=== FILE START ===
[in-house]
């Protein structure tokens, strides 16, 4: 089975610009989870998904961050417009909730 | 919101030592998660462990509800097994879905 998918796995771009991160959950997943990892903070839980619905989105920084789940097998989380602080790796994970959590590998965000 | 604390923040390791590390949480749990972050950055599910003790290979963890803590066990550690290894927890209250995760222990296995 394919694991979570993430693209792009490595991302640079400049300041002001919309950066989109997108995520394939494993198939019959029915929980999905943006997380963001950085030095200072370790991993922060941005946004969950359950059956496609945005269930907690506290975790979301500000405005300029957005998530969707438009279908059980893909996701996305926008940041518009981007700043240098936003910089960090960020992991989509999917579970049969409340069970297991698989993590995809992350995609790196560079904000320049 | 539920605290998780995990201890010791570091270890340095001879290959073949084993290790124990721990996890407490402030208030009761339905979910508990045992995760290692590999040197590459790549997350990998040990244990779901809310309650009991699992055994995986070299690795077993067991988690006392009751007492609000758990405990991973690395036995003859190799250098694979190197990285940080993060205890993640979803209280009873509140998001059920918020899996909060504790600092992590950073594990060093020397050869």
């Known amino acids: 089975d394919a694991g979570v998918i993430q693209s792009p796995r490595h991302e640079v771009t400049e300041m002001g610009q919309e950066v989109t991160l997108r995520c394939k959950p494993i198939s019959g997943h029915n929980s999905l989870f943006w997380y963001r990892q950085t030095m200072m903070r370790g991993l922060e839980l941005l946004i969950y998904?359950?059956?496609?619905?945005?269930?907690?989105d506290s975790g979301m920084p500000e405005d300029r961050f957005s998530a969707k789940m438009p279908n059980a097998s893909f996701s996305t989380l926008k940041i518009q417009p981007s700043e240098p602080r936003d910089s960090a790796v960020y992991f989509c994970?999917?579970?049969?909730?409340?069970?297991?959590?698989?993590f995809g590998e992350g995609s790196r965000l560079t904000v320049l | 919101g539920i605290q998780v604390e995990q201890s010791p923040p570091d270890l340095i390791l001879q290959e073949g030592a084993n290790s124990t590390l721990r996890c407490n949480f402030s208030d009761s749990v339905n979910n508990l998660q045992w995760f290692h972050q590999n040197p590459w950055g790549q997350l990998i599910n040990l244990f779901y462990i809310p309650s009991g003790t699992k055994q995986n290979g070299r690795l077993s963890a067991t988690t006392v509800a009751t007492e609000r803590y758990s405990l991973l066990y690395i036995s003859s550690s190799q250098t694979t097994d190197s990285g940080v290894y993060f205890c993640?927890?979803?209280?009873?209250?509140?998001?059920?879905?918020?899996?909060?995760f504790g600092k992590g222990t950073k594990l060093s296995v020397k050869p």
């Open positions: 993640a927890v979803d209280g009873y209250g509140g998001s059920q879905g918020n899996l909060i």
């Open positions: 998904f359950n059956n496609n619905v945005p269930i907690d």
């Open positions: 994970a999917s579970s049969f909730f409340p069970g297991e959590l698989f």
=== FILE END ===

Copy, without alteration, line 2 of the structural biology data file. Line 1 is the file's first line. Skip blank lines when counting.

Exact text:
């Protein structure tokens, strides 16, 4: 089975610009989870998904961050417009909730 | 919101030592998660462990509800097994879905 998918796995771009991160959950997943990892903070839980619905989105920084789940097998989380602080790796994970959590590998965000 | 604390923040390791590390949480749990972050950055599910003790290979963890803590066990550690290894927890209250995760222990296995 394919694991979570993430693209792009490595991302640079400049300041002001919309950066989109997108995520394939494993198939019959029915929980999905943006997380963001950085030095200072370790991993922060941005946004969950359950059956496609945005269930907690506290975790979301500000405005300029957005998530969707438009279908059980893909996701996305926008940041518009981007700043240098936003910089960090960020992991989509999917579970049969409340069970297991698989993590995809992350995609790196560079904000320049 | 539920605290998780995990201890010791570091270890340095001879290959073949084993290790124990721990996890407490402030208030009761339905979910508990045992995760290692590999040197590459790549997350990998040990244990779901809310309650009991699992055994995986070299690795077993067991988690006392009751007492609000758990405990991973690395036995003859190799250098694979190197990285940080993060205890993640979803209280009873509140998001059920918020899996909060504790600092992590950073594990060093020397050869």